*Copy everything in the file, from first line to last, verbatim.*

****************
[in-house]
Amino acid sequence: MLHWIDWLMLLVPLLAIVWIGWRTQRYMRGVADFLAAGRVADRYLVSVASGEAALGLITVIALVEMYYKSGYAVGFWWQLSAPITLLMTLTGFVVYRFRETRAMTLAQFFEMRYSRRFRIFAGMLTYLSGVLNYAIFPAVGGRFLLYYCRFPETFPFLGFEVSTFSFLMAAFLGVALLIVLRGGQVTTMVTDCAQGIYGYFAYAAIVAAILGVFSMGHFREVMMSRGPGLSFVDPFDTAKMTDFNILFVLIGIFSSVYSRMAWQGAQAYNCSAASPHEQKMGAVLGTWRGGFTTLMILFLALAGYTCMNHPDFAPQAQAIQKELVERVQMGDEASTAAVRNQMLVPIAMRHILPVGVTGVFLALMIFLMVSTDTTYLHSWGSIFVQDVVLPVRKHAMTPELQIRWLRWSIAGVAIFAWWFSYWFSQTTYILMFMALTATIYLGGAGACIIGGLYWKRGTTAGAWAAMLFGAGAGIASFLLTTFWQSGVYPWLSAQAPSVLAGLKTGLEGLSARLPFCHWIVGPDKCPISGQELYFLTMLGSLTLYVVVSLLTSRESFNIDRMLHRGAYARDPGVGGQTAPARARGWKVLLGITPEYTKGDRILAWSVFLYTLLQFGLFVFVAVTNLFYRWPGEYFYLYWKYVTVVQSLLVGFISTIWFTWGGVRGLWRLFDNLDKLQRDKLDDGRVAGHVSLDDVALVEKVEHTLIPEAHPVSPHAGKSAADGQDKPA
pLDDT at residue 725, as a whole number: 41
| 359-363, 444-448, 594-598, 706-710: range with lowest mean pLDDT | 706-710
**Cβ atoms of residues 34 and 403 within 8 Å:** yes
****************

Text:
[in-house]
Amino acid sequence: MLHWIDWLMLLVPLLAIVWIGWRTQRYMRGVADFLAAGRVADRYLVSVASGEAALGLITVIALVEMYYKSGYAVGFWWQLSAPITLLMTLTGFVVYRFRETRAMTLAQFFEMRYSRRFRIFAGMLTYLSGVLNYAIFPAVGGRFLLYYCRFPETFPFLGFEVSTFSFLMAAFLGVALLIVLRGGQVTTMVTDCAQGIYGYFAYAAIVAAILGVFSMGHFREVMMSRGPGLSFVDPFDTAKMTDFNILFVLIGIFSSVYSRMAWQGAQAYNCSAASPHEQKMGAVLGTWRGGFTTLMILFLALAGYTCMNHPDFAPQAQAIQKELVERVQMGDEASTAAVRNQMLVPIAMRHILPVGVTGVFLALMIFLMVSTDTTYLHSWGSIFVQDVVLPVRKHAMTPELQIRWLRWSIAGVAIFAWWFSYWFSQTTYILMFMALTATIYLGGAGACIIGGLYWKRGTTAGAWAAMLFGAGAGIASFLLTTFWQSGVYPWLSAQAPSVLAGLKTGLEGLSARLPFCHWIVGPDKCPISGQELYFLTMLGSLTLYVVVSLLTSRESFNIDRMLHRGAYARDPGVGGQTAPARARGWKVLLGITPEYTKGDRILAWSVFLYTLLQFGLFVFVAVTNLFYRWPGEYFYLYWKYVTVVQSLLVGFISTIWFTWGGVRGLWRLFDNLDKLQRDKLDDGRVAGHVSLDDVALVEKVEHTLIPEAHPVSPHAGKSAADGQDKPA
pLDDT at residue 725, as a whole number: 41
| 359-363, 444-448, 594-598, 706-710: range with lowest mean pLDDT | 706-710
**Cβ atoms of residues 34 and 403 within 8 Å:** yes